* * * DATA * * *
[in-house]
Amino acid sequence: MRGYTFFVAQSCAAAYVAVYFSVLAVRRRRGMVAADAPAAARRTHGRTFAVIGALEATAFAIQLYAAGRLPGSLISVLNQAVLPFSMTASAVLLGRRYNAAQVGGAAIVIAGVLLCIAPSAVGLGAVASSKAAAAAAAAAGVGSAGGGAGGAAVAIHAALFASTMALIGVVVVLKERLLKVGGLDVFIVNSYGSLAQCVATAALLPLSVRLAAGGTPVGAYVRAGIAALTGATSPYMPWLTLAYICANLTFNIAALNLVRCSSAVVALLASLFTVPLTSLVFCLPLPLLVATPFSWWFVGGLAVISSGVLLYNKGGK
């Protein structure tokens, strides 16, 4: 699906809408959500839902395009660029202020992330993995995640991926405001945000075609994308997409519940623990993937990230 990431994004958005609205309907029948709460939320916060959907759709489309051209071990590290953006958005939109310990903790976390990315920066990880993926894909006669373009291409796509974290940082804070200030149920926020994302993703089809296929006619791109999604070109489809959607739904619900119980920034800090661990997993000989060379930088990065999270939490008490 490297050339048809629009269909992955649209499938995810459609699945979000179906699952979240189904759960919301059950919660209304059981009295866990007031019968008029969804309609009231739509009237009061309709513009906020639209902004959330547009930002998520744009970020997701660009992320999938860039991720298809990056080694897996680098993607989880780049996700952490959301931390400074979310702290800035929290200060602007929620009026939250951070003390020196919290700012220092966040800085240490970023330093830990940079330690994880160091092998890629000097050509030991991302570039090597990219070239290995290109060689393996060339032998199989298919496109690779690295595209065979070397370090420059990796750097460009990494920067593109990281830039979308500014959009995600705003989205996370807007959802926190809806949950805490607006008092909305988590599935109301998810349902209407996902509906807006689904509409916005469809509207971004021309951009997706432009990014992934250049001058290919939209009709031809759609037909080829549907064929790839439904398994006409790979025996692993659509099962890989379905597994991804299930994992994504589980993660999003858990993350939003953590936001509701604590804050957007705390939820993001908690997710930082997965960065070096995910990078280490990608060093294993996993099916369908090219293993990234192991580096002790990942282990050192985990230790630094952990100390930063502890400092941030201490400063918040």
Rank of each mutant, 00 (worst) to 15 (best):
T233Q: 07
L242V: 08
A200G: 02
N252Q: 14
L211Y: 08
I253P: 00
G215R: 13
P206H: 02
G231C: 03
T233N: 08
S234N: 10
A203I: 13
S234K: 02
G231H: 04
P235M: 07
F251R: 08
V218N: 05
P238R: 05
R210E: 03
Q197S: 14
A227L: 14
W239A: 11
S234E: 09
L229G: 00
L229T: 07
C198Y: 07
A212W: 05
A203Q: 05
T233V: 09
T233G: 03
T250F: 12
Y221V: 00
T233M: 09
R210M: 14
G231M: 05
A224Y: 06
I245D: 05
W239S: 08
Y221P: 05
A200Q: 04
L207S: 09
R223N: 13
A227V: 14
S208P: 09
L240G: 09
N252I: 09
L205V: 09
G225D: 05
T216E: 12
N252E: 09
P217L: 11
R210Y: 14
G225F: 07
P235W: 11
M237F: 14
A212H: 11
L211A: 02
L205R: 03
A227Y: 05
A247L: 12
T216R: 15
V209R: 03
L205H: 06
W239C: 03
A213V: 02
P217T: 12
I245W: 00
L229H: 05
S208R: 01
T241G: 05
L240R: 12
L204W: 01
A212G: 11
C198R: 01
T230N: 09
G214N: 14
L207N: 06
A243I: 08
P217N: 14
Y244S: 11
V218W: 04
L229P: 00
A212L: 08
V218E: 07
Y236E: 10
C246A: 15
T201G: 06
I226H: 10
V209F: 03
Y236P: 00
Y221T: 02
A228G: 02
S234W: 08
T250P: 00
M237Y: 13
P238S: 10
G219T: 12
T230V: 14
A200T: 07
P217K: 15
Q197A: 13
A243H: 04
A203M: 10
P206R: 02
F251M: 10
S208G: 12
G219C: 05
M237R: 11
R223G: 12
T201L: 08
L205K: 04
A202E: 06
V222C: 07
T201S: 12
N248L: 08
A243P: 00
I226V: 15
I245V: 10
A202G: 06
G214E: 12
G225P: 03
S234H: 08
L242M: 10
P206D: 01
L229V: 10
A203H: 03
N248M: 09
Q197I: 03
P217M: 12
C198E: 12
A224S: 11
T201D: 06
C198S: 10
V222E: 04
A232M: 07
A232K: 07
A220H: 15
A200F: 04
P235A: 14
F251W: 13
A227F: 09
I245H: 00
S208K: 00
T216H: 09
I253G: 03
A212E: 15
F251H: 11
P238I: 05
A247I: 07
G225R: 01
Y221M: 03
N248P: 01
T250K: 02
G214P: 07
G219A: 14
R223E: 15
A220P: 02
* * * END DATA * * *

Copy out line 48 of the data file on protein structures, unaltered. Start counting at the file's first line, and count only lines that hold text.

S208P: 09